Muddleheaded Middle Class

The Khirkee episode reminds me of a similar incident about seven years ago in Dayalbagh. In those days Dayalbagh was only a fifth as full as it is today and with new buildings coming up the neighbourhood was upbeat about us as being a new colony with promises of a prosperous consuming community. This means that in those days if you called the police they came. We had a young couple for neighbours just about two plots away and often the man would take a while to be back from work and the young bride would join us for tea in our house. Soon she was complaining of strange people coming in our out of the ground floor flat of her building. She felt uncomfortable at the sight of so many different men, always new ones she would insist. Soon others started reporting to me that girls young and bit older were often seen in and out of the flat as well. They all seemed to suggest that there was a call girl racket operating out of the seemingly unoccupied flat. I am not the one to be fazed by such fucks, let people fuck as they want to. At that point of time I was completely liberal towards such “private matters”. But one day, things changed; it seems that three men caught the sight of this young girl standing atop her terrace and decided to climb the two floors up and ring her door bell. They wanted an entry right into her flat. These men were not wholly unknown to her; one among them was our next door neighbour. In a manner of being polite to his new young neighbour he offered sex to her as a compliment! It was at this point that Madhusree decided that she would call the police in. Since it was those days, they did come. In those days the police had not found out that Dayalbagh would be the low brow colony that it presently has come to be; in those days, the game was not yet on its course and so the police could not make out that in the great game of development we were the losers.
The flat was cleared of its contents the next very night with two jeeps full of women police taking the girls away. On the next morning the flat owner, also a woman romped down from her south Delhi residence and raised hell about we being vigilantes and not respecting people’s privacy. Something rather similar to what happened to Khirkee extension actually. I am fortunate to have at least one friend who lives in Khirkee extension and so I know of this locality. It is right next to Malviya Nagar and right behind to Sarvapriya Vihar, spaces quite familiar to my friends but Khirkee extension, no one in my circle have ever seemed to have heard! Someone thought that it was a Muslim village, some thought that it was an unauthorised tenement, some thought that it was a slum and some imagined that it was close to the airport where foreign tourists lived. The society of Khirkee extension was completely unknown to my friends. The difference was that those who lived in this place earned less than what my friends do. Only this slight difference in incomes has been able to create a world so apart that Khirkee seems to be a different planet altogether with different natural laws and different rhythms to its seasons. Khirkee is home to students as well, North east and the Africans dominate the population, unfortunately both prejudiced and harassed categories in the city. In a city with an overwhelming population of vegetarians and with a significant abhorrence to meat cooking in pots, these communities of non-vegetarians are repulsive too. Prejudices are bad things; they are like the false cries of wolves often block the prospect of rescue when the real danger comes. So when the residents of Khirkee complained about the African students, people thought that they were witch hunting.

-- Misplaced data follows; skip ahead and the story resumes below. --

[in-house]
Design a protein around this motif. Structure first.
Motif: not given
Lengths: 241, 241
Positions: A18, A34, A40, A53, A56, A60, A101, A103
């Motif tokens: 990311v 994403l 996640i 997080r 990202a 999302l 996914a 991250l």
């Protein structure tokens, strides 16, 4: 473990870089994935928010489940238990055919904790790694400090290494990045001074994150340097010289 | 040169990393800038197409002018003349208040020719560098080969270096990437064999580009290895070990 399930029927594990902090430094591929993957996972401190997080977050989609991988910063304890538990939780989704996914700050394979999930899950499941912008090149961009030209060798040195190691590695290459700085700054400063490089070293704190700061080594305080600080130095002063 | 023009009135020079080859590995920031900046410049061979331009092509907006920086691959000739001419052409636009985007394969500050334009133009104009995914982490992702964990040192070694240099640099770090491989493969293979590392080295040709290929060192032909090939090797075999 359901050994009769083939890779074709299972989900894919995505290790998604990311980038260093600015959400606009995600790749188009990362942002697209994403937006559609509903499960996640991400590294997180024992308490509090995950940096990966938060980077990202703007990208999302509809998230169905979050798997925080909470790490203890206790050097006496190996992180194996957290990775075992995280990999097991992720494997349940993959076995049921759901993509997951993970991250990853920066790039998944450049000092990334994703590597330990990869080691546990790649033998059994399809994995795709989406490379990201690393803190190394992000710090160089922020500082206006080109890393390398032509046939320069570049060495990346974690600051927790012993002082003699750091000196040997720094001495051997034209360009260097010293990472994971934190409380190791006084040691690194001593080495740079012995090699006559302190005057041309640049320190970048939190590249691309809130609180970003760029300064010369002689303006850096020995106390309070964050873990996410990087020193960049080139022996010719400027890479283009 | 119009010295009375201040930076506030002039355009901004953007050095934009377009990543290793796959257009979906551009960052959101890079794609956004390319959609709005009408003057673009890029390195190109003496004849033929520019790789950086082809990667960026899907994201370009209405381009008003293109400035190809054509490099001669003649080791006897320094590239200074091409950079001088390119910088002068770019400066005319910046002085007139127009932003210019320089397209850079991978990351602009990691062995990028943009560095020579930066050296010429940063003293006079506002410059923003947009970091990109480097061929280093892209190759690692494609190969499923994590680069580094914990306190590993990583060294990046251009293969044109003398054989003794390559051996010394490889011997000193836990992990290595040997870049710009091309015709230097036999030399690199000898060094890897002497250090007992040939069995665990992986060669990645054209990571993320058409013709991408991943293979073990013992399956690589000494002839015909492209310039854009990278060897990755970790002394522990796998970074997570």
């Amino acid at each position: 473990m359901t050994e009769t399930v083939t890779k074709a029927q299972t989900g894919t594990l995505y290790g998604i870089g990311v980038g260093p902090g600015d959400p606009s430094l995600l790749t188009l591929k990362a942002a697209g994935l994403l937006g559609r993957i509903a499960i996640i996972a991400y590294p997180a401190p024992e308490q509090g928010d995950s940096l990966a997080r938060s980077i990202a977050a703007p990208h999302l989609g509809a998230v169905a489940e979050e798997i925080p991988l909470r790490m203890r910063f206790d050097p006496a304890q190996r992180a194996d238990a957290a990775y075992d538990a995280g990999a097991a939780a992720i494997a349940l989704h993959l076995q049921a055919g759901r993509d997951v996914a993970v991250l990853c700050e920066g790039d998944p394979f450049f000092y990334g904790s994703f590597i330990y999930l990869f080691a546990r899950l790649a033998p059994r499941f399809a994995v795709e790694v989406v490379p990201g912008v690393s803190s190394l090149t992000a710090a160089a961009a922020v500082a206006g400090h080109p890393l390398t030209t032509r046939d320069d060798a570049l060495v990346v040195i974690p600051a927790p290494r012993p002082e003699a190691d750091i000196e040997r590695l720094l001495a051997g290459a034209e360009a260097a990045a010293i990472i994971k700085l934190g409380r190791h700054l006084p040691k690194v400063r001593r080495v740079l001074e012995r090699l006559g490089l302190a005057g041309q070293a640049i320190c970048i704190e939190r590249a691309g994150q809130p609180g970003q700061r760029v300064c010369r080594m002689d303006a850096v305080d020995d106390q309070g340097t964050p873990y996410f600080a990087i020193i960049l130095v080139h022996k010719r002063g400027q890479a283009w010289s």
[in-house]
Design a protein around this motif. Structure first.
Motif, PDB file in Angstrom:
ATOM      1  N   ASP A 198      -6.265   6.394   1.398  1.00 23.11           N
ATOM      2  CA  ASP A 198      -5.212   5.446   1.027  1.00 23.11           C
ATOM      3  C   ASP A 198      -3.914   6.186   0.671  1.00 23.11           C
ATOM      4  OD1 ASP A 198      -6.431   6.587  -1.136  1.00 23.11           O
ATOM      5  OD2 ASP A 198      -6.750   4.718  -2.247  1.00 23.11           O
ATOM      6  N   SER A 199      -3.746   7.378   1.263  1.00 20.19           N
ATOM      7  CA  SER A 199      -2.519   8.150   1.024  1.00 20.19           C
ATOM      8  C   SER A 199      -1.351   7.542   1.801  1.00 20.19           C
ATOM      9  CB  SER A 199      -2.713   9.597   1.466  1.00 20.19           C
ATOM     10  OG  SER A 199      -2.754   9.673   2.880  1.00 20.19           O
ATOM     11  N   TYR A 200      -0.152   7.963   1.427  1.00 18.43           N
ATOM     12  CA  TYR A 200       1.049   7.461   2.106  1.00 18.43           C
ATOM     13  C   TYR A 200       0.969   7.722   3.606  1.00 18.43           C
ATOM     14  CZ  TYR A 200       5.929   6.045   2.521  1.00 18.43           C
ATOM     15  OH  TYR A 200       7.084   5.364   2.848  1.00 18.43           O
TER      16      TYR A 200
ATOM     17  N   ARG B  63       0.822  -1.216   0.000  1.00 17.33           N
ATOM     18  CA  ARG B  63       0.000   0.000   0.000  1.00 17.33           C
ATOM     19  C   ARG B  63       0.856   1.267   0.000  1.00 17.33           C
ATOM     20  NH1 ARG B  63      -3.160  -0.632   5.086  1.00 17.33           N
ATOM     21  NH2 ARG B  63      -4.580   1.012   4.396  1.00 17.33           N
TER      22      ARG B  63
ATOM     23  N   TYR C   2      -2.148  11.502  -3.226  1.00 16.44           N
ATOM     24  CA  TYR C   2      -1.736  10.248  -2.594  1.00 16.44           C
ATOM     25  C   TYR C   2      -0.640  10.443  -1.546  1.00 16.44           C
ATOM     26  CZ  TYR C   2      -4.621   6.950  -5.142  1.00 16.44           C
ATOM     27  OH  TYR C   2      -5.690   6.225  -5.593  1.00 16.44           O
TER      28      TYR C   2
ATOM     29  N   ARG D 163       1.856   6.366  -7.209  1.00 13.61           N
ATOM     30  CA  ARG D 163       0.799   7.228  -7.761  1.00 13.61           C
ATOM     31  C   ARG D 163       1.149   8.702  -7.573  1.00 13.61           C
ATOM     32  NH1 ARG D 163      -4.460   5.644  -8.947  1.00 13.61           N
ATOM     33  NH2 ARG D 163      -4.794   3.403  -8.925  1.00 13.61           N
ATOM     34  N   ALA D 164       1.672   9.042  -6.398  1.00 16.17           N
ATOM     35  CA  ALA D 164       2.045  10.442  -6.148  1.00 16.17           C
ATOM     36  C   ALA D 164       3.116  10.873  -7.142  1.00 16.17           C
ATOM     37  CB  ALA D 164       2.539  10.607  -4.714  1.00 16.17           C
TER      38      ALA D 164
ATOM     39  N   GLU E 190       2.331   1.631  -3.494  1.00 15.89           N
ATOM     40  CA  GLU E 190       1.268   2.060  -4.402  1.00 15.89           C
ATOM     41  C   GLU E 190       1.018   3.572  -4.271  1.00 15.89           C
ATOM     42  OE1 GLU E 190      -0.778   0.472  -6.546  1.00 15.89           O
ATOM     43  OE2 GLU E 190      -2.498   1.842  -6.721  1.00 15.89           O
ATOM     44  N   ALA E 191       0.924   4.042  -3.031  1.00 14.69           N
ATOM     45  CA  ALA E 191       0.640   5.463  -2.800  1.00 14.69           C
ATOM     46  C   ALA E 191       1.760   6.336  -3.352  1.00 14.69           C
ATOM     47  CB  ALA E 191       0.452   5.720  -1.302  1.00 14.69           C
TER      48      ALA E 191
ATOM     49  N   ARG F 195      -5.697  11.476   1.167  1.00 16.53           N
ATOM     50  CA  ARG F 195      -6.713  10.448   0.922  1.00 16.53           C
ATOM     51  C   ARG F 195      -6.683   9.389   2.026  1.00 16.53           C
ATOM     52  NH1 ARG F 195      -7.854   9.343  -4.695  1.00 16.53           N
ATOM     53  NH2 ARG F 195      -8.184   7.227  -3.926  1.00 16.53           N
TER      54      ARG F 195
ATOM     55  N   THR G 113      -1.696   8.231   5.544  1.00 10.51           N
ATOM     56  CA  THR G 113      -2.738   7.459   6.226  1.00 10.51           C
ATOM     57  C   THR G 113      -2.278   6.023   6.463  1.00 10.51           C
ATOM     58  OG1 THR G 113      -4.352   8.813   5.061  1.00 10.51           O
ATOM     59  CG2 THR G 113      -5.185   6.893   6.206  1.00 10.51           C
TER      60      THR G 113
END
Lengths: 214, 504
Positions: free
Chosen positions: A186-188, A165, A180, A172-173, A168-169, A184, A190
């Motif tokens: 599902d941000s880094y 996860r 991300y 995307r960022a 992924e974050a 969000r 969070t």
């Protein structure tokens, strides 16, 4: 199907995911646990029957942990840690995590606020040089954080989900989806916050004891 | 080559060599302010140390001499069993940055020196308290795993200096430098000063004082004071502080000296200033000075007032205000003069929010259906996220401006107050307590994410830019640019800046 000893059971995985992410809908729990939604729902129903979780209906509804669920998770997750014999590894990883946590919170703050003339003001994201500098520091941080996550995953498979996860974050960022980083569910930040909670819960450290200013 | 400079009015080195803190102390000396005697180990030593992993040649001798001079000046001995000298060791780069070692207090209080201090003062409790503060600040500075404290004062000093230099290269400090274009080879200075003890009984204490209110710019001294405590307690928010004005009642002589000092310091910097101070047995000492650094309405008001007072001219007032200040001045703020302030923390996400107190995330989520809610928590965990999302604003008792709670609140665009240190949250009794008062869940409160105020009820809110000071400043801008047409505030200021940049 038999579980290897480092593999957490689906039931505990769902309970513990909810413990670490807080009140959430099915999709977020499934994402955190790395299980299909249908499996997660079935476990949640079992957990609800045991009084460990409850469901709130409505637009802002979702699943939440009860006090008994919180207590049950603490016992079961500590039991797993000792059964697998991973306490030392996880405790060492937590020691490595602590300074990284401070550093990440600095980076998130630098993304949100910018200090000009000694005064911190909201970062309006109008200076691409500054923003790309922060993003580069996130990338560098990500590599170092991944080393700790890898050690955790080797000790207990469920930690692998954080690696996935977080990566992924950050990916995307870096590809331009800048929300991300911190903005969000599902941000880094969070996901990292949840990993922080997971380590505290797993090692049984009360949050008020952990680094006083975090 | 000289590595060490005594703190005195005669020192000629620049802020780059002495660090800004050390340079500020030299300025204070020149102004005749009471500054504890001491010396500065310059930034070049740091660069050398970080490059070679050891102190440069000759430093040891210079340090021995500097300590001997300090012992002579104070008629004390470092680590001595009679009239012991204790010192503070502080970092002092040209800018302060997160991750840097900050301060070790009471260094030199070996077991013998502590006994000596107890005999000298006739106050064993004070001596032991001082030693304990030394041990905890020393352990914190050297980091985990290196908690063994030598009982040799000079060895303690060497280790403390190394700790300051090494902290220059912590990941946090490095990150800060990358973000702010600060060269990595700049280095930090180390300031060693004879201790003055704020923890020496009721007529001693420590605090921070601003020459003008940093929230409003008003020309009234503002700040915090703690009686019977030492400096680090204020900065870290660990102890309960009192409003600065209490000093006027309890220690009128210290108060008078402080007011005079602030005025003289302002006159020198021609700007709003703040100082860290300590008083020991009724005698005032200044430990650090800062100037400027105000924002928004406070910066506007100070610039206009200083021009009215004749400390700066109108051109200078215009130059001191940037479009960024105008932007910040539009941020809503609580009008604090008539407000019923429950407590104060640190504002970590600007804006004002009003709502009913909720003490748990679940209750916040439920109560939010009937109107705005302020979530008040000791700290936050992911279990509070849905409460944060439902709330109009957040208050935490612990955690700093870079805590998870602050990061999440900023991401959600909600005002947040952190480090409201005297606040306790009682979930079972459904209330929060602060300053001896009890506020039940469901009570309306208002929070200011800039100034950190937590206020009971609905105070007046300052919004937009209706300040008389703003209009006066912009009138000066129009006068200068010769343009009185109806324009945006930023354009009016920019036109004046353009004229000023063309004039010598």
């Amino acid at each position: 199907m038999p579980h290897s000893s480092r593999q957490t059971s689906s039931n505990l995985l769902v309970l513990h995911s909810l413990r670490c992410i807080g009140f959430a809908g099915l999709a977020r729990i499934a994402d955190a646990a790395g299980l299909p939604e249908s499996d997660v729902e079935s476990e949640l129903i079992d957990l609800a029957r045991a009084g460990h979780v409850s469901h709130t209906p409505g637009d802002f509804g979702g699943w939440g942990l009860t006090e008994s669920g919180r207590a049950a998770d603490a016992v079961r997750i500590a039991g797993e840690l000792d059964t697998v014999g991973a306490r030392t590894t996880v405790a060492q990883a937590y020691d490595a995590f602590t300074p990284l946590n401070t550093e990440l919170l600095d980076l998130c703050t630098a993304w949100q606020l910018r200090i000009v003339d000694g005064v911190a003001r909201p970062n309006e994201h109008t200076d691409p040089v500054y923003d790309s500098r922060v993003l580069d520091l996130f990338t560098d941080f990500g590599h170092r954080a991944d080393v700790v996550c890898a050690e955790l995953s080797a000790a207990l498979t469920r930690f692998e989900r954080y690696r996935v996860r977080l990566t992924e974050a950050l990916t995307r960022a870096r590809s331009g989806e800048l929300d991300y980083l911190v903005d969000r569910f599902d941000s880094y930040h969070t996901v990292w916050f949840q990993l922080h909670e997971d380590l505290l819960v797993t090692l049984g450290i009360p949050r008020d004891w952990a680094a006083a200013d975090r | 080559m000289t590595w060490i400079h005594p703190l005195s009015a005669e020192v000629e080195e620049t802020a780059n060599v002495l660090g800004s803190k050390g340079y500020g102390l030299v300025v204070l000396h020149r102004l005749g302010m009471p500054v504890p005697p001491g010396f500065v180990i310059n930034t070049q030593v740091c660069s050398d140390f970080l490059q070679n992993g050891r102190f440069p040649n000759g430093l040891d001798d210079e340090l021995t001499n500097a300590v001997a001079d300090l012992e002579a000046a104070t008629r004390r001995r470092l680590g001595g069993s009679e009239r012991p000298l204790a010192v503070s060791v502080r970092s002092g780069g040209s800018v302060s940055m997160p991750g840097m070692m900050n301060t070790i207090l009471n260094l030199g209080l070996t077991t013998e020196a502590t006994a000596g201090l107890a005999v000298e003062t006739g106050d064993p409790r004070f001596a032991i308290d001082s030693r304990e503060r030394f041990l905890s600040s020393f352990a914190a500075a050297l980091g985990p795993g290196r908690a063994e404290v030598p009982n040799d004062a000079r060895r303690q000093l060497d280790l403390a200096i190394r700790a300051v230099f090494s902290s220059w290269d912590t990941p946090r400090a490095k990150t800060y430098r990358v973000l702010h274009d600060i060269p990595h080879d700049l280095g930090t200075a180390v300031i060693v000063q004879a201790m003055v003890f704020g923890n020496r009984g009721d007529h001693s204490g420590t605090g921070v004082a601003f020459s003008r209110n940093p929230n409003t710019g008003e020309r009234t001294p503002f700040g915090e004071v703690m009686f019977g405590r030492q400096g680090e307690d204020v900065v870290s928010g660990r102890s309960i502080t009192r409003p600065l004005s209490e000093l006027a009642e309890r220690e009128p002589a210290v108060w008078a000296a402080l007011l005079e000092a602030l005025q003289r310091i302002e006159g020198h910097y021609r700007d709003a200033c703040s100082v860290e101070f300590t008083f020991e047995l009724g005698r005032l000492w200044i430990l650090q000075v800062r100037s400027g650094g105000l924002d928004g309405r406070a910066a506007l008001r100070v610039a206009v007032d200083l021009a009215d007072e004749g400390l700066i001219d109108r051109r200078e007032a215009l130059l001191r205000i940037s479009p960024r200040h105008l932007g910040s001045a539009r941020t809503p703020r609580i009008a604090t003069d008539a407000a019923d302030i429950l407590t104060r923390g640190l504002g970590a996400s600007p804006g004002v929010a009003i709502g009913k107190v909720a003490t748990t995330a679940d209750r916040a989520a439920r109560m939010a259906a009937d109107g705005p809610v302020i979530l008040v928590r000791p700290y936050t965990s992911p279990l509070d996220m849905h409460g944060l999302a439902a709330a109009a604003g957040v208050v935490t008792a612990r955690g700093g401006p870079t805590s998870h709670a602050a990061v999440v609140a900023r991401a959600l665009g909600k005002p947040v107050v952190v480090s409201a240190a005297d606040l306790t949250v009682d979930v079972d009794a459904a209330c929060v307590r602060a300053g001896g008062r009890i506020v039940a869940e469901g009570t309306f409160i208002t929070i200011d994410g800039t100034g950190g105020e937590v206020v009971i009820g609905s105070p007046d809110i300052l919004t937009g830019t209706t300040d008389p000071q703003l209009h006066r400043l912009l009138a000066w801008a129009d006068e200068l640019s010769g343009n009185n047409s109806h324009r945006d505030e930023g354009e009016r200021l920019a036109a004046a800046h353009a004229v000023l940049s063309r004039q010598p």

I know of this place because a friend from Assam lives here; she is also a JNUite and admittedly this makes me more favourably biased towards her to believe her story. She takes me on a tour around the place and I see these flats that are right inside apartment complexes that are built like chawls. Customers confuse doors and sometimes when they are inebriated also confuse faces taking any and everyone as their service providers. Surely this might be a welcome opportunity for someone yearning for sex and I am sure that many a bored women may find such an opportunity exhilarating but there are perhaps more of us whose tastes may be different. The embeddedness of a racket of drugs and sex right into the residential complexes might not exactly be the “commercial purpose” one could allow out of residential areas. My walk in Hell gives me a good idea of what goes on. Complaints are filed and reports are written but never an arrest. The stupidity of Delhi’s lower middle class prejudices against some kinds of people turn against them and they do not seem to be able to register a well worded complaint. In their representations, racial hate flows out making the complaints frivolous. The residents continue to be hemmed in by the growing racket around them; yet not every student from an African country is involved but there is something as being of bad company. The good and the bad stick together; in a city like Delhi they do not feel encouraged to share their woes with fellow citizens, the good among the bad lot are thus severely disadvantaged.